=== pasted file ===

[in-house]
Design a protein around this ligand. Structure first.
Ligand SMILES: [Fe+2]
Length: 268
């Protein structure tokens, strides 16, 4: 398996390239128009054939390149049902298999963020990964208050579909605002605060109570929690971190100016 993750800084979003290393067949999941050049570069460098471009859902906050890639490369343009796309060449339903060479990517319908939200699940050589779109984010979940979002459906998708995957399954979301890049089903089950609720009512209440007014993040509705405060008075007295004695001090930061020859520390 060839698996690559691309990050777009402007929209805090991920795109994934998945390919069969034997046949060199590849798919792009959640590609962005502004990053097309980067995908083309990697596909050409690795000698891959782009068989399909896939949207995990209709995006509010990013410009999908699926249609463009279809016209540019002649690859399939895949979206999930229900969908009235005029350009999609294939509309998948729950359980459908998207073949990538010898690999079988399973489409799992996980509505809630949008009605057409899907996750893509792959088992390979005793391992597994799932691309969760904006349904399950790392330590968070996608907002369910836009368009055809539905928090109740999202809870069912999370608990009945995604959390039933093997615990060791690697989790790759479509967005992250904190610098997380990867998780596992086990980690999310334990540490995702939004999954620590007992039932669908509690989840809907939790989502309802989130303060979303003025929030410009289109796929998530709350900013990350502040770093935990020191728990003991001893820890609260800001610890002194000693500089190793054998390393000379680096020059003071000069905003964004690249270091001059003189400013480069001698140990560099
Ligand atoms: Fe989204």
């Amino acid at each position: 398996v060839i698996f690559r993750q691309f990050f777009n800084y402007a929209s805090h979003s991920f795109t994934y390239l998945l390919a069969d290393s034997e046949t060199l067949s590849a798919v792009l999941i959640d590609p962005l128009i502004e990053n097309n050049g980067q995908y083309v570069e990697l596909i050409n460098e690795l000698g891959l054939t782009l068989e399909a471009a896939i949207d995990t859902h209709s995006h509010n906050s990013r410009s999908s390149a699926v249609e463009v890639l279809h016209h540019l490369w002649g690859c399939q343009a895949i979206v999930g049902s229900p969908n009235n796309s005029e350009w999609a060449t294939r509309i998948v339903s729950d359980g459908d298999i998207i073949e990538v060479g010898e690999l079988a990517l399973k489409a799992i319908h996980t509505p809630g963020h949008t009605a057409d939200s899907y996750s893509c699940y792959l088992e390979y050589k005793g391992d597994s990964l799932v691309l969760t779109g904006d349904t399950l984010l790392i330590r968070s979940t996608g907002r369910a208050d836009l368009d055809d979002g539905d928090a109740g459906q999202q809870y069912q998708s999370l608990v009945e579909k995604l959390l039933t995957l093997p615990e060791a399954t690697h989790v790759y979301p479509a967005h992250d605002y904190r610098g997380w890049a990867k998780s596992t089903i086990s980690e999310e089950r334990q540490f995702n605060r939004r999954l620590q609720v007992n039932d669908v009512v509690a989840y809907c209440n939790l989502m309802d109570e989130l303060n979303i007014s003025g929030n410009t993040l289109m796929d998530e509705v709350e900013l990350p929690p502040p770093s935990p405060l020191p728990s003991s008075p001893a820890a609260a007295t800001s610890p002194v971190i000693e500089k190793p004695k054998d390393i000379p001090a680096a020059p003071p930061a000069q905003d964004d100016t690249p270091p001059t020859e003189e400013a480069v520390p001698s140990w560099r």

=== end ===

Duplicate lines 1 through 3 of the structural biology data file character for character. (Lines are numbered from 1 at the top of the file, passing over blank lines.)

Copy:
[in-house]
Design a protein around this ligand. Structure first.
Ligand SMILES: [Fe+2]